Singing is a commonly used tool for meeting non-musical goals in music therapy. We often have people sing for breath support/control, for vocal volume, and for overall respiratory heath. This week I have noticed several articles on the topic of singing for different populations. Find out which ones have found singing to be effective for respiratory functioning in this research mash-up.
Recent Cochran Reviews have shown that there is not enough evidence to support or discredit the use of singing for children and adults with Cystic Fibrosis (Irons, Kenny, & Chang, 2010a) and for children and adults with Bronchiectasis (Irons, Kenny, & Chang, 2010b). A meta-analysis couldn’t be completed in either of these studies due to a lack of research meeting selection criteria.
In a study by Bonilha et al. (2009), patients with Chronic Obstructive Pulmonary Disease (COPD) who participated in group singing exercises significantly maintained their maximal expiratory pressure whereas the control group decreased in the same measure. Also worth noting, is that singing increased dyspnea scale scores (worsened) for a short period – possibly due to more respiratory “work”. This study completed some measures pre and post; but then completed a separate set of measures only after a short period of singing (no pre-test). I wondered why they didn’t have these measures re and post to see if there was a difference after weeks of training. Were these added on or planned from the beginning? This does not use the term “music therapy”, but has music faulty on the research team.
Lastly, mental singing. A recent study by Satoh and Kuzuhara (2008) found that patients with Parkinson’s disease who are trained to complete mental singing while they walk can improve gait parameters. Cool research, but much more needed. The measures in this study included an observation of videotaped gait by one volunteer (it would be much better to have multiple people score the video and establish inter-rater reliability, or use something less subjective such as kinematics recording). This study uses the term “music therapy” but does not clearly identify that a music therapist was involved.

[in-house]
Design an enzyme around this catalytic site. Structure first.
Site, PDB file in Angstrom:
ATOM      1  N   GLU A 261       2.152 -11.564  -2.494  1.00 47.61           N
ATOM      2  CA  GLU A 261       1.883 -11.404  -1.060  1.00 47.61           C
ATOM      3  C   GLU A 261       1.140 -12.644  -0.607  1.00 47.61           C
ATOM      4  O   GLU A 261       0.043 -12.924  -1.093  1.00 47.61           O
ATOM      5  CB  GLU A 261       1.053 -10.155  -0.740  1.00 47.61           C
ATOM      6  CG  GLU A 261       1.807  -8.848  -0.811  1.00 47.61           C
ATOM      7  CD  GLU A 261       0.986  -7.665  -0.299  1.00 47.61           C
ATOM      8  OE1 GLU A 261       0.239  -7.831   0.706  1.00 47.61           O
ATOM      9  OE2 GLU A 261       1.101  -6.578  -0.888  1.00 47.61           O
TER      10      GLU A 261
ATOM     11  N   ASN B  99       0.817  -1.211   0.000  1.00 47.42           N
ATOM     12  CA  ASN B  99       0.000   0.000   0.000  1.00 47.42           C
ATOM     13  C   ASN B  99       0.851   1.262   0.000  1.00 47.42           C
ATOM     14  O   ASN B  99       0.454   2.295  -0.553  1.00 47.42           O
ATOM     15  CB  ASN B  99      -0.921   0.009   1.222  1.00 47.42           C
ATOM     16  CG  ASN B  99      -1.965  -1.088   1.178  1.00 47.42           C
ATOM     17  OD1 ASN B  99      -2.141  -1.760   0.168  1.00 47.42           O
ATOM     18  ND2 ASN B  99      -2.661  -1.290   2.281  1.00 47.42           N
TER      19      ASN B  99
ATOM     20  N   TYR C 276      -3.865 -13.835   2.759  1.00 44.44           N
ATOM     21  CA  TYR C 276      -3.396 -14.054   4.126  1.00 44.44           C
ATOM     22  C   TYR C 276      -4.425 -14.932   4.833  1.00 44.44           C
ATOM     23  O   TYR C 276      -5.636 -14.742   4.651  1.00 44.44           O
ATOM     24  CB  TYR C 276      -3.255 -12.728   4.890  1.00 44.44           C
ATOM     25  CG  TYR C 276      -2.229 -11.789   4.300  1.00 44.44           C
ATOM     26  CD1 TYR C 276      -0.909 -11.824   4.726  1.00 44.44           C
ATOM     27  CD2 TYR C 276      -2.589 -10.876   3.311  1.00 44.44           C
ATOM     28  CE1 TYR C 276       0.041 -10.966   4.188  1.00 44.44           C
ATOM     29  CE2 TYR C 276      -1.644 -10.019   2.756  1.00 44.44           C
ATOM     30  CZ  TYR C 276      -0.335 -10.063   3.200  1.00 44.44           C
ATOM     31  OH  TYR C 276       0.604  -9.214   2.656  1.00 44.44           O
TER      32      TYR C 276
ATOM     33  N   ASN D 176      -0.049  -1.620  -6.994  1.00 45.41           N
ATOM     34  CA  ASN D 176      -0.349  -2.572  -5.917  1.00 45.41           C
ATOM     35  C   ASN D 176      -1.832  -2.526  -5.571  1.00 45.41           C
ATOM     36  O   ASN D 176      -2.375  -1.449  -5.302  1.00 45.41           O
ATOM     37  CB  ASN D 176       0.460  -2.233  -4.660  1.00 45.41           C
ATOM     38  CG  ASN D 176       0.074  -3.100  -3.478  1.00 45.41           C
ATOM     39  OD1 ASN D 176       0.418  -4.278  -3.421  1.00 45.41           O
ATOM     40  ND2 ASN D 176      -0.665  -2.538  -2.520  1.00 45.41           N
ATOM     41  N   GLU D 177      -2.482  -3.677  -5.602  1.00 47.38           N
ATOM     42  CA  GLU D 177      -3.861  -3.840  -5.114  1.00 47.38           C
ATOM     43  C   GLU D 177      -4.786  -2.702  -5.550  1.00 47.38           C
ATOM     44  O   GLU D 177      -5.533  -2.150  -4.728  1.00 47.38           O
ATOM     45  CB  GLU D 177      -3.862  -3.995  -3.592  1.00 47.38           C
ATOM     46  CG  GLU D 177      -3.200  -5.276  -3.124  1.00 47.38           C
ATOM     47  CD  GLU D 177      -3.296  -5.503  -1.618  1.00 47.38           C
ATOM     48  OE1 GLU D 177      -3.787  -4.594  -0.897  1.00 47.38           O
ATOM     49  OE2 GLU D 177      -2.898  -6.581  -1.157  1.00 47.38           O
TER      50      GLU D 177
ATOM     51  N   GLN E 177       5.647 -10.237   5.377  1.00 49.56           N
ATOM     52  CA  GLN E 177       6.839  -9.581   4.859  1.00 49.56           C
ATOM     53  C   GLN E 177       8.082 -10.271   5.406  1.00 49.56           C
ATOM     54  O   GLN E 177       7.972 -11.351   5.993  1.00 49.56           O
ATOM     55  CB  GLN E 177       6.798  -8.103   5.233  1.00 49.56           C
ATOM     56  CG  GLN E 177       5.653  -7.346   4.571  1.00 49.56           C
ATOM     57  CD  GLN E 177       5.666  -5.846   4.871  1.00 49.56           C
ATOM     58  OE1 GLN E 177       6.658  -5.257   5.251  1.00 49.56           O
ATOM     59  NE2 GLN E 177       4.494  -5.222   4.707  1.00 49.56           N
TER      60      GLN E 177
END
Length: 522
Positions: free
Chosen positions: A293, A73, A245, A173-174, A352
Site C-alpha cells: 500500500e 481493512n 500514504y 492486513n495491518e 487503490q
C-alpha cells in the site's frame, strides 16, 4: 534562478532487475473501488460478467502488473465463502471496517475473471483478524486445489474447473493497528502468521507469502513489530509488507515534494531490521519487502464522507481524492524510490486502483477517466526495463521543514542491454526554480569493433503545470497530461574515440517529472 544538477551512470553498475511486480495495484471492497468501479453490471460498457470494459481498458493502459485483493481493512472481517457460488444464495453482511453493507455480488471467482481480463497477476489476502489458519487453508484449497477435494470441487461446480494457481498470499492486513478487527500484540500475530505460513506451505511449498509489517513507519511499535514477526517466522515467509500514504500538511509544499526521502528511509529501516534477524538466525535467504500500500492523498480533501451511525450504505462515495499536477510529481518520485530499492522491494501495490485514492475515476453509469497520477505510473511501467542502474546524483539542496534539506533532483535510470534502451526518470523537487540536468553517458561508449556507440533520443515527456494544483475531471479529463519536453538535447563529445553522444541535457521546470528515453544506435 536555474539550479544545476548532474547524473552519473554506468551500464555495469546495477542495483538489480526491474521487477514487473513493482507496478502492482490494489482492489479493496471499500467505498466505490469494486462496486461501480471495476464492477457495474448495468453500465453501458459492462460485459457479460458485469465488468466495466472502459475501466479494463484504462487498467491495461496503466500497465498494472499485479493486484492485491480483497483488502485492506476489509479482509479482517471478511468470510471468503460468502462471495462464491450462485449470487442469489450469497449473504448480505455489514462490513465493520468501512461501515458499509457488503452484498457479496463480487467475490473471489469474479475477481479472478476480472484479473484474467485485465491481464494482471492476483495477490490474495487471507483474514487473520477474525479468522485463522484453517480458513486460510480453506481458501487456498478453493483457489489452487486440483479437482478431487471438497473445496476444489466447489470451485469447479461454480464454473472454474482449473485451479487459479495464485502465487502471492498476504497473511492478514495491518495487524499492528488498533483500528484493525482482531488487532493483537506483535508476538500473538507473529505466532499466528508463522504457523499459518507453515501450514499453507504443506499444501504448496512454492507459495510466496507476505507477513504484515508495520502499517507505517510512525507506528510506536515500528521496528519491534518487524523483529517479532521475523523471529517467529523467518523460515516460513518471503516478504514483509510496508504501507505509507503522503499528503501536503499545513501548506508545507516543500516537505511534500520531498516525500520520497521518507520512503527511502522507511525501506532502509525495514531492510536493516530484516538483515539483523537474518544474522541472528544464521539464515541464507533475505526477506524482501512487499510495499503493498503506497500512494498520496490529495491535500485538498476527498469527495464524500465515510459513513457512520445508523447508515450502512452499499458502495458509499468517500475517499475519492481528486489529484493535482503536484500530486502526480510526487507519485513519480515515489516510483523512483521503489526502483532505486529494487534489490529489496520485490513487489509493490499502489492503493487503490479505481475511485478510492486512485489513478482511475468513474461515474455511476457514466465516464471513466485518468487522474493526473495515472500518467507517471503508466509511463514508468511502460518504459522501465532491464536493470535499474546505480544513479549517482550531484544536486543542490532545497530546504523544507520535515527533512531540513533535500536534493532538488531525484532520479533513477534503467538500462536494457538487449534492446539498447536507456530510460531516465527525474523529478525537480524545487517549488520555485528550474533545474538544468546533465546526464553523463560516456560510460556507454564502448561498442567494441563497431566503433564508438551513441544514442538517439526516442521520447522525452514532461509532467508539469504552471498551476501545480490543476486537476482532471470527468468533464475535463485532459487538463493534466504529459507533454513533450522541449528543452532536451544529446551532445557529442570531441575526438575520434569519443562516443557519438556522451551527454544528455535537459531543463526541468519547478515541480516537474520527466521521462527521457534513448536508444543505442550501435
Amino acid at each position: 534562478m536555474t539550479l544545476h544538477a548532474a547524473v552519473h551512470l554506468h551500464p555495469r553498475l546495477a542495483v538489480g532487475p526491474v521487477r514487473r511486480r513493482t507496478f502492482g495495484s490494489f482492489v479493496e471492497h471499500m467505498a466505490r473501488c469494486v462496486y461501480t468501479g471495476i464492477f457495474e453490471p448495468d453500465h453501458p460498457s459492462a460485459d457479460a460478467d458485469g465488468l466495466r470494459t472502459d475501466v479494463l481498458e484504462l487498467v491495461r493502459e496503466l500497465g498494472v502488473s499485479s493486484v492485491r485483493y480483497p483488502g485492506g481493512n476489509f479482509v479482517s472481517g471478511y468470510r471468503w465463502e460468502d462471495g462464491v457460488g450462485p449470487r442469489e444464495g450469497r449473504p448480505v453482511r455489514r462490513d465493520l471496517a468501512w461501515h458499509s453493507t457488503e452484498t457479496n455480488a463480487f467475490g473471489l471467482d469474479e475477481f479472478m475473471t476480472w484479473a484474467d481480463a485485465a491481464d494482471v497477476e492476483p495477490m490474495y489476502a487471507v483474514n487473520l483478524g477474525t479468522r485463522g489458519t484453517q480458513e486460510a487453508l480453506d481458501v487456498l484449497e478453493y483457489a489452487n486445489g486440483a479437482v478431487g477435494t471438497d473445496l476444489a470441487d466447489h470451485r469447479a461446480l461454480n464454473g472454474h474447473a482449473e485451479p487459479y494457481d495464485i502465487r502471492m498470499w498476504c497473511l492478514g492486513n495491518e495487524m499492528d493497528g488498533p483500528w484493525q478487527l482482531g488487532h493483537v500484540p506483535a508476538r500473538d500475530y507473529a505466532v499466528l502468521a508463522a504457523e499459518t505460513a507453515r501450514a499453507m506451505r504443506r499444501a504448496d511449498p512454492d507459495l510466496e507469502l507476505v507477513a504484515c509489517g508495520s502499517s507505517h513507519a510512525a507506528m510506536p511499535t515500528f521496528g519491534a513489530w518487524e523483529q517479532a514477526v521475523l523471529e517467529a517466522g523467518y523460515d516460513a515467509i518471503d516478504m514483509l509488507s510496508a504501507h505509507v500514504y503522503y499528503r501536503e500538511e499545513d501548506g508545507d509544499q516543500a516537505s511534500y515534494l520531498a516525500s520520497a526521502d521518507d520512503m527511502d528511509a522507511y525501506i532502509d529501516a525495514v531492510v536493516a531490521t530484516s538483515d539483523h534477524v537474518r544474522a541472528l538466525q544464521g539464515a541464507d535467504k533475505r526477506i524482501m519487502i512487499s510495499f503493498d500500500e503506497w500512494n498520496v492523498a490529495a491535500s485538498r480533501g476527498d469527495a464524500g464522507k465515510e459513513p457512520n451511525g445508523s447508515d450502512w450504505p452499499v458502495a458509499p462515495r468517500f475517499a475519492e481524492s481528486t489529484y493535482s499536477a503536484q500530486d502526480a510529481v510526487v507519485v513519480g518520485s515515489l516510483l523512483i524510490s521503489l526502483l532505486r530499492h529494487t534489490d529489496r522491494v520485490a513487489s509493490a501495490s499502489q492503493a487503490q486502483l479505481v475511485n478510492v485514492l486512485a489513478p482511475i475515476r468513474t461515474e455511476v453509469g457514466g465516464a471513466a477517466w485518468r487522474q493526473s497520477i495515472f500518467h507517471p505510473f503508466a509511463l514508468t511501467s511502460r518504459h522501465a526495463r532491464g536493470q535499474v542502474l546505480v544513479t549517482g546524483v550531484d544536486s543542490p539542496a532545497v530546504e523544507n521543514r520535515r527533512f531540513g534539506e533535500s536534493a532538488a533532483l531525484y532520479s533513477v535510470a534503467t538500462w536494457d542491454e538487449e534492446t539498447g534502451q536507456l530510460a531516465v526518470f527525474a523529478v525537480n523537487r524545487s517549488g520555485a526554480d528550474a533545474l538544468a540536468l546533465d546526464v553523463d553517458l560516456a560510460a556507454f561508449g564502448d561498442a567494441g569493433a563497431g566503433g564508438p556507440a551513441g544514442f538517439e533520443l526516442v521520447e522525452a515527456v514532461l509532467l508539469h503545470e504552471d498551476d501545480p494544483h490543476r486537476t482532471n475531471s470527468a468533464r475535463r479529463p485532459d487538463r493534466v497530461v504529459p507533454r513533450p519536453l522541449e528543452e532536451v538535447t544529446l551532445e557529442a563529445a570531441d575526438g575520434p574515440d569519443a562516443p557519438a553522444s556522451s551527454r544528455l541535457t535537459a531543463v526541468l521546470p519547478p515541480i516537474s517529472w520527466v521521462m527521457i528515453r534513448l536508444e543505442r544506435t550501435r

What this means for the clinic: These studies illustrate some evidence supporting singing for different populations and also some areas that more research is needed before we can use singing within EBP. Perhaps the most promising is the use of singing for patients with COPD. If you are working with persons with COPD these results indicate that singing may be useful for maintaining peak flow. However, you should only use singing if you have someone who can monitor the patient’s dypsnea level. Mental singing is a nice idea for gait training since the clients wouldn’t need any device to walk to if they could self-generate a stimulus for entrainment; however, more research is needed.
Bonilha AG, Onofre F, Vieira ML, Prado MY, Martinez JA. (2009). Effects of singing classes on pulmonary function and quality of life of COPD patients. Int J Chron Obstruct Pulmon Dis., 4, 1-8. PMID: 19436683
Irons JY, Kenny DT, Chang AB. (2010a). Singing for children and adults with cystic fibrosis. Cochrane Database Syst Rev. 2010 May 12;5:CD008036. PMID: 20464761
Irons JY, Kenny DT, Chang AB. (2010b). Singing for children and adults with bronchiectasis. Cochrane Database Syst Rev., 17(2), CD007729. PMID: 20166097
Satoh, M., & Kuzuhara S. (2008). Training in mental singing while walking improves gait disturbance in Parkinson’s disease patients. Eur Neurol., 60(5), 237-43. PMID: 18756088